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Christianity Makes Light Of Evil!


Llwellyn
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According to conventional thinking, atheism, agnosticism, and various forms of non-Christian religion do not put human evil in the proper perspective because they disbelieve that there is a God who would requite vengeance for sin. "Christianity," it is thought "is the religion that opens our eyes to the true nature of evil, because it teaches of a God of wrath, hellfire, destructive retribution, and blood atonement."

 

But I see things differently...

 

I think the doctrine of divine destructive retribution takes the focus away from the truly horrendous nature of human evil and the true responsibility that ONLY humans have for it. Evil must be laid at the feet of humans ALONE. But the Christian teaching of divine destructive retribution takes the focus away from our own evil, and we are let off the hook to be taught and to believe that God, too, is evil, and that our evil is the consummation of God's intent in cursing us through Adam for the Primal Sin. Evil in itself is a loathesome thing, but Christians distract themselve from this sober consideration of human evil by teaching that God enforces a non-corrective punishment for evil (upon the wronger or Christ as his substitute). :loser:

 

Christianity makes light of human evil in so many different ways. It teaches that the "debt" of human evil can be discharged through the suffering and punishment of Christ on the cross. But evil is not "undone" by punishment or suffering. Rather, evil is only "undone" by restitution and repentant grief (which can be provoked by punishment). Not all the suffering that could be heaped upon the wicked (or Christ as substitute) could buy them a moment’s respite, so little is their suffering a counterpoise to their wrong. The suffering of millions of years could not equal the sin of a moment, could not pay off one farthing of the deep debt. :vent:

 

For background, I am a Platonist. Platonists are basically optimistic agnostics who hope there is a God, but believe not because it is too good to be true. God's retribution is always creative and not destructive, although it hurts like hell to have justice operate upon us, surgically removing the cancer of evil. In this system, unlike Christianity, there is a salutary sense of sin. :HappyCry:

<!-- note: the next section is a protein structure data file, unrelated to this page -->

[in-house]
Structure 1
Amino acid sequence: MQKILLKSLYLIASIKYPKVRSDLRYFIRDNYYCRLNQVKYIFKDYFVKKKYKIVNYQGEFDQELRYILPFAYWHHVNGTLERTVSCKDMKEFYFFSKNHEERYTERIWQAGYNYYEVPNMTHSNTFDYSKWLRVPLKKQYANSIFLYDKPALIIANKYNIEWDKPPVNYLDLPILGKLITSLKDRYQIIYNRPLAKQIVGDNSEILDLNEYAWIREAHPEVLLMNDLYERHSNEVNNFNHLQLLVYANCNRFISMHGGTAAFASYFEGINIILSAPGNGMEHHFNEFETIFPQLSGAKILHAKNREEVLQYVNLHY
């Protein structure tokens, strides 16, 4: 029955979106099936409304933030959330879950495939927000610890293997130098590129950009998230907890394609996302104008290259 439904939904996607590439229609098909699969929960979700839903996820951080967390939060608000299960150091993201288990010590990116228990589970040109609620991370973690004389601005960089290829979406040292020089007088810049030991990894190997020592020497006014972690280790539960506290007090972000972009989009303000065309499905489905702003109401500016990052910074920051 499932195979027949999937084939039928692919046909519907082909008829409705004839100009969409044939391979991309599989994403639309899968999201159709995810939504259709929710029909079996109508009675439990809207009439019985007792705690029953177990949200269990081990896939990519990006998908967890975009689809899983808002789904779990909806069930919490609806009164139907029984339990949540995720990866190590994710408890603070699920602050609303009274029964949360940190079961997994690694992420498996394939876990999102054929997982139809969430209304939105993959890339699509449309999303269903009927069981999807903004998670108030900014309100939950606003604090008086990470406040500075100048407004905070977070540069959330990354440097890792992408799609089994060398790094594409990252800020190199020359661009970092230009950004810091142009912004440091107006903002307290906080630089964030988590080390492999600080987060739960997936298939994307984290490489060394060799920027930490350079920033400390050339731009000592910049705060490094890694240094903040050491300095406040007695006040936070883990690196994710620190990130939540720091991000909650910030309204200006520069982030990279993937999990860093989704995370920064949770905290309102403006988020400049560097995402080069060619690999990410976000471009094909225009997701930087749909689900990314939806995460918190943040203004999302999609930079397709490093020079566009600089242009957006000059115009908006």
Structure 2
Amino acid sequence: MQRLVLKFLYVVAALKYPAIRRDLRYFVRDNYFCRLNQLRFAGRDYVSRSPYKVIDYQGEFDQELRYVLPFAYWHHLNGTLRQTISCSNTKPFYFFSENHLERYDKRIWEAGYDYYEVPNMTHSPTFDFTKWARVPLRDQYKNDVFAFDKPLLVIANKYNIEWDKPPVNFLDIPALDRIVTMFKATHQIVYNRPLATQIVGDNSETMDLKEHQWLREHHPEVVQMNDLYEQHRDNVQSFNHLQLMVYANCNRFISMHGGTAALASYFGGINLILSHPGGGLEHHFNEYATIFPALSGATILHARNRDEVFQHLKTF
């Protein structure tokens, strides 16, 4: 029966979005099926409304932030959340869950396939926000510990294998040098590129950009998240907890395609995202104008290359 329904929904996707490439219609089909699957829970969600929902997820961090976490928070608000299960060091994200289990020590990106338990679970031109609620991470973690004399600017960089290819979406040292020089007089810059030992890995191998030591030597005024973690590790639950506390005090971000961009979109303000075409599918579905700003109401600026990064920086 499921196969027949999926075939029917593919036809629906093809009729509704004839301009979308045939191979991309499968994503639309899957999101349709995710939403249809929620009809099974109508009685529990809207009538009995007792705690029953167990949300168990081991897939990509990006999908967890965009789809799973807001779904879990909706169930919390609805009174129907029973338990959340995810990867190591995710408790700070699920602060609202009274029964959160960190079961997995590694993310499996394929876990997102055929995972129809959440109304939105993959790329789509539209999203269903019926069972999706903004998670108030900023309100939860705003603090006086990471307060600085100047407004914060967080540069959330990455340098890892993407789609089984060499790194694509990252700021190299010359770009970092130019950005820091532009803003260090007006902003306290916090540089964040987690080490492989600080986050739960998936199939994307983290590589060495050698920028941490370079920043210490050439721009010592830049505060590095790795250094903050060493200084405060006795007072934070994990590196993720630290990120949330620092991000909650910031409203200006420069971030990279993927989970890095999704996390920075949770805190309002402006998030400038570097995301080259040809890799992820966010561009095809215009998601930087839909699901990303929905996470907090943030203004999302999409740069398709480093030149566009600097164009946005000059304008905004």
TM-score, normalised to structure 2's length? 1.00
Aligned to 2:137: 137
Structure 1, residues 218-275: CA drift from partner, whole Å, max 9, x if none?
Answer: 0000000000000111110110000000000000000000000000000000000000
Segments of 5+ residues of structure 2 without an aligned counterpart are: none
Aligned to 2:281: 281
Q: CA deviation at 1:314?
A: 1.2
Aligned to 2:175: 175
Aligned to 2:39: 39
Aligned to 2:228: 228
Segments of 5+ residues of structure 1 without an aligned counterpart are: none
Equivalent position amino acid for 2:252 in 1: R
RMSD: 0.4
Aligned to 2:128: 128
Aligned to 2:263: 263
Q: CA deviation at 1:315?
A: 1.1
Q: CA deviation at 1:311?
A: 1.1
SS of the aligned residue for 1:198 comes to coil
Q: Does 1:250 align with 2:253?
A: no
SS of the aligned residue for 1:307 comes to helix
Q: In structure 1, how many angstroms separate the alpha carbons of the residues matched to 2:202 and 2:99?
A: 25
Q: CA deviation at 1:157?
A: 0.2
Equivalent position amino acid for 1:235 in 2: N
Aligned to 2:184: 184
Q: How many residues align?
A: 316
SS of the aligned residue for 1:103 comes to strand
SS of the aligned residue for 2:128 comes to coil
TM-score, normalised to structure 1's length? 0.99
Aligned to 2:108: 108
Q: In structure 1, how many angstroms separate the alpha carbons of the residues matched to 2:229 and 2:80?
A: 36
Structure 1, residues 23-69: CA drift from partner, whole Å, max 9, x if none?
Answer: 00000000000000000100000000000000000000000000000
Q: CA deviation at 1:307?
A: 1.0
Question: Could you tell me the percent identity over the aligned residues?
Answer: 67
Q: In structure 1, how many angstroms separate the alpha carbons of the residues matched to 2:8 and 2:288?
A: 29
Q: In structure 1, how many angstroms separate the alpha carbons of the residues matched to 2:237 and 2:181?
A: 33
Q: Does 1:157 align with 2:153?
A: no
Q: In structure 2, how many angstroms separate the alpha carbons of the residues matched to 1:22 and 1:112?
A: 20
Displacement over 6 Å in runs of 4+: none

Does what I am saying make sense to anybody? Do you have any reflections of how Christianity, contrary to popular perception, does not open our eyes, but closes them, to the seriousness of moral crime? :woohoo:

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I agree with you on the idea that Christianity lessens personal responsibility, putting faith in God for all things.

 

I do not, however, agree that there is any sort of justice or counterbalance to what we perseve as evil.

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Yes! I've long thought that the concepts that one is saved through faith rather than acts and that it is impossible to lose salvation once one has been graced (greased? :wicked: ) by god enables believers to shirk responsibility for bad acts under the cover of "Not Perfect, Just Forgiven." With this kind of thinking, a christian who rapes, tortures and kills could get a free pass to heaven, particularly if he makes that "deathbed confession" that christians are so fond of. But a person like me who is not perfect but pretty darn good yet can't bring themselves to believe in what is unbelievable gets an eternity of hellfire. Divine Justice, eh?

 

... For background, I am a Platonist. Platonists are basically optimistic agnostics who hope there is a God, but believe not because it is too good to be true. God's retribution is always creative and not destructive, although it hurts like hell to have justice operate upon us, surgically removing the cancer of evil. In this system, unlike Christianity, there is a salutary sense of sin. :HappyCry: ...

 

BTW, thanks for enlightening me. I hadn't heard about Platonists before, but it sounds like I am one! At least, I'll "study up" on this.

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